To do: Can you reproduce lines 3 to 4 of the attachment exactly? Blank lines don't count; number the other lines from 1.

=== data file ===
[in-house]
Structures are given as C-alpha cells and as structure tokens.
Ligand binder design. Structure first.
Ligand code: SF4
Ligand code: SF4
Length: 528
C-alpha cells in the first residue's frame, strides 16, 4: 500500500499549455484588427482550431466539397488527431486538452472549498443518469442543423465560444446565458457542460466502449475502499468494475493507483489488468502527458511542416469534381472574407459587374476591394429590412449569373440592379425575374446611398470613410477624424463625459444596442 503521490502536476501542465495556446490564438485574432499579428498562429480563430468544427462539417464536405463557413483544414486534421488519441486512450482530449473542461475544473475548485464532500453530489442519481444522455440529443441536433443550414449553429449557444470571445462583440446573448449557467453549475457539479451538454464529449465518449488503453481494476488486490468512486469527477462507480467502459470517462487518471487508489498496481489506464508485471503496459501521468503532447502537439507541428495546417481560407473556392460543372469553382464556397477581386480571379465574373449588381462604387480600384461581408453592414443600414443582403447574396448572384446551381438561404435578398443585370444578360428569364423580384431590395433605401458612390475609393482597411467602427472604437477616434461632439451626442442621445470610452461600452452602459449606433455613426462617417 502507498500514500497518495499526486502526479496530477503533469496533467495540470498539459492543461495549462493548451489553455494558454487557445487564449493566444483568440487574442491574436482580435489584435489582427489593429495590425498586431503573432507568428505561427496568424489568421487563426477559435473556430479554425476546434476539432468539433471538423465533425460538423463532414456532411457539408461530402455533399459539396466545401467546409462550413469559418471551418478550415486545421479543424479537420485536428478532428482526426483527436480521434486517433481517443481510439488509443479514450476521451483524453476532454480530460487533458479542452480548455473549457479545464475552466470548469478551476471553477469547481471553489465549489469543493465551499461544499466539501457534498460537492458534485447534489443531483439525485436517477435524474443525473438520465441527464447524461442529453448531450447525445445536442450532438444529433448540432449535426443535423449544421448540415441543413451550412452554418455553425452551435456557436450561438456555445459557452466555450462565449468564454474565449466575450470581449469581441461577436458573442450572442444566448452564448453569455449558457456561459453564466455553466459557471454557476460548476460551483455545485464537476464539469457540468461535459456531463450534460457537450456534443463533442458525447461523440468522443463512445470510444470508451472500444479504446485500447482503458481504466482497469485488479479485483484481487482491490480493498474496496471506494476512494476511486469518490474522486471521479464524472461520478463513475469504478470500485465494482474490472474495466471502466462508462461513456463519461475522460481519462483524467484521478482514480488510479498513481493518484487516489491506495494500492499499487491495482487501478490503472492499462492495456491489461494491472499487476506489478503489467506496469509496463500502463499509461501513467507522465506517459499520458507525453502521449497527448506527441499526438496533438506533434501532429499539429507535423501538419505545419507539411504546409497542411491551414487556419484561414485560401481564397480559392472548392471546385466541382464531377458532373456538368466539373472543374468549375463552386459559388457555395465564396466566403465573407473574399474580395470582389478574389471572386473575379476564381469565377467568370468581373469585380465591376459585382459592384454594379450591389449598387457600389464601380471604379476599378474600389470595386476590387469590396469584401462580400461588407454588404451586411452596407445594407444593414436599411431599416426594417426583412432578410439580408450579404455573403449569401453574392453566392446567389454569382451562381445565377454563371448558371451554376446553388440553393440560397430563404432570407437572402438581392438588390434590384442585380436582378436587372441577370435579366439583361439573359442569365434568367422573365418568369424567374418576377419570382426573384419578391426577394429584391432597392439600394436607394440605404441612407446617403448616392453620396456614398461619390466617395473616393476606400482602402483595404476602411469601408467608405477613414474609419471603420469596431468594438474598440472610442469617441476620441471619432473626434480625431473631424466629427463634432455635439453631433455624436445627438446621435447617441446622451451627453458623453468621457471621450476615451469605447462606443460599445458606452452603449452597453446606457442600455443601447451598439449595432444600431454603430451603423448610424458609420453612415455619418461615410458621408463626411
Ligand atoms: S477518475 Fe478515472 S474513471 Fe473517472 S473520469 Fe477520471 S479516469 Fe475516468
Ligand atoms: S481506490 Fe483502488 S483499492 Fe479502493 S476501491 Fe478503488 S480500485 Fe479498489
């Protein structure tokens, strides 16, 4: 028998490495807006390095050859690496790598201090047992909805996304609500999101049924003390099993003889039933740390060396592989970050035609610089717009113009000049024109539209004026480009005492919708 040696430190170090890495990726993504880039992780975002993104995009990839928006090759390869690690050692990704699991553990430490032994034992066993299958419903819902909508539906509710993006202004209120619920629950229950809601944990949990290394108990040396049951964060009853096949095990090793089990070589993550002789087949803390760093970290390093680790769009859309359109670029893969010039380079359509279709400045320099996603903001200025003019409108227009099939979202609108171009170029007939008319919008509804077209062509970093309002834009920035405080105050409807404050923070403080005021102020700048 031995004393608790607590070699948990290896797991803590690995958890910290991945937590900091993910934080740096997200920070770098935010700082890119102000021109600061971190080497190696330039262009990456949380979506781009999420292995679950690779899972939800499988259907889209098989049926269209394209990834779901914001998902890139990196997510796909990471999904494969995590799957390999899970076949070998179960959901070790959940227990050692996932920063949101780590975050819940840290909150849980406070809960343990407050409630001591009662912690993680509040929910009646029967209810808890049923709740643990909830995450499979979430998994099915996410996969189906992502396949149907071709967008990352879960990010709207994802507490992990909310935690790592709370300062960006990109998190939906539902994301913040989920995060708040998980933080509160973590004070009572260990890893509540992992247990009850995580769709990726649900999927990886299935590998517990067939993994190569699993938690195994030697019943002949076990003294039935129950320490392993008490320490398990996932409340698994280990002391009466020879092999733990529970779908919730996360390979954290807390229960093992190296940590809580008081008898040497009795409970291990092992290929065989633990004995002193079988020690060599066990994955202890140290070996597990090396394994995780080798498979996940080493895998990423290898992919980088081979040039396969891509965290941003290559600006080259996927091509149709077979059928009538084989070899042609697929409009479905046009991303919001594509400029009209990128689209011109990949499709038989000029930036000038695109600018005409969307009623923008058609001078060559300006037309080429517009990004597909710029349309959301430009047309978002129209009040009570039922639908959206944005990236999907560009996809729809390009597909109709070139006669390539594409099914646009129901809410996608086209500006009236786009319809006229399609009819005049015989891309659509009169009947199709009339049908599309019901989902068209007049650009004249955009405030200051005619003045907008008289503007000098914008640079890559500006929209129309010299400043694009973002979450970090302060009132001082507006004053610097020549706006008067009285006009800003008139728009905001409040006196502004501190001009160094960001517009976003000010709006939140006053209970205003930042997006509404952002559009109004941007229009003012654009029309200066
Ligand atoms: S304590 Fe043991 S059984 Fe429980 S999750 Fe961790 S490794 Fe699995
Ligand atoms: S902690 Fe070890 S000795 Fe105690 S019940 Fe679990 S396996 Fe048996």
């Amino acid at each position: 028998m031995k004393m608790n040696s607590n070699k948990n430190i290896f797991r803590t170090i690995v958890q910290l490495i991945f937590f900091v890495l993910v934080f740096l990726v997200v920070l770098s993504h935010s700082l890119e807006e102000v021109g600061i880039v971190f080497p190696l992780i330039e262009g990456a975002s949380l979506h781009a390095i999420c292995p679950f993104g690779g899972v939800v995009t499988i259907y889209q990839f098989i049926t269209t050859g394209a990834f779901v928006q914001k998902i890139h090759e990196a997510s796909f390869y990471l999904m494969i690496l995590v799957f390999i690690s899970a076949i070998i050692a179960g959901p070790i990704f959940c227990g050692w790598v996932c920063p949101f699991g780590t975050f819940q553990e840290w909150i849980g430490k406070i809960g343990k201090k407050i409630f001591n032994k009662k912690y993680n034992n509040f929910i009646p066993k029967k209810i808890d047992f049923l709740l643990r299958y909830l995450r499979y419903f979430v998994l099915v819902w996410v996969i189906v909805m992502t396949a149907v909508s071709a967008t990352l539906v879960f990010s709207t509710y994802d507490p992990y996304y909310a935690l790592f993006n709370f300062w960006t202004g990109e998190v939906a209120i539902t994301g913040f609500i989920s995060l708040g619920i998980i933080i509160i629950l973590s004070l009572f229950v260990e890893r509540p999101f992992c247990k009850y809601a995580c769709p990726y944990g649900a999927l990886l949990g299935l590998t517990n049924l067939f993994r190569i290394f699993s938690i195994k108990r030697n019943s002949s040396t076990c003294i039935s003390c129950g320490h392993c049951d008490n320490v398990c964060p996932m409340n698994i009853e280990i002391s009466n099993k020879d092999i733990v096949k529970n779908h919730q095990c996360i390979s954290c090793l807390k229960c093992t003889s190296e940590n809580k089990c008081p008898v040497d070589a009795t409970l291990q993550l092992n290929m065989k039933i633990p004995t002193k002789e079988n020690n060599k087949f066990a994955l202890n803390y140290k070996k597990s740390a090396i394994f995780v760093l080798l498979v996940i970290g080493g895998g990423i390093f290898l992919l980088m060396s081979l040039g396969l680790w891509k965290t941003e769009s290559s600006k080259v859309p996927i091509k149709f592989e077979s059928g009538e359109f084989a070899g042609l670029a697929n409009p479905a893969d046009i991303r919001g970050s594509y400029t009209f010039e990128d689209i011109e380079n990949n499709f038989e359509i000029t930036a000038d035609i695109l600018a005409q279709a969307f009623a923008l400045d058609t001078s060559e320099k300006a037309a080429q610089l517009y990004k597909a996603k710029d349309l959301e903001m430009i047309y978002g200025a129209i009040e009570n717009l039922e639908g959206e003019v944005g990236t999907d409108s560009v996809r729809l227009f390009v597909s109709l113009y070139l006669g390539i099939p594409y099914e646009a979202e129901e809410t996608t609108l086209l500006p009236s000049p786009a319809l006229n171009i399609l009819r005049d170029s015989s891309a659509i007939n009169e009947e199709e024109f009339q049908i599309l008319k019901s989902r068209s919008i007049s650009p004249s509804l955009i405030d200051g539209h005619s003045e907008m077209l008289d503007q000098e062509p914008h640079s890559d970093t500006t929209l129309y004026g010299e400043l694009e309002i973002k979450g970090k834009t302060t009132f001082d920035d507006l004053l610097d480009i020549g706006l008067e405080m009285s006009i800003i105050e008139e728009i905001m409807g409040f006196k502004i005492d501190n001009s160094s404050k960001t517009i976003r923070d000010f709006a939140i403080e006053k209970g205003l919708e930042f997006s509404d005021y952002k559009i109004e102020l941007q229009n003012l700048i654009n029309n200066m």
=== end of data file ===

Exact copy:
Ligand binder design. Structure first.
Ligand code: SF4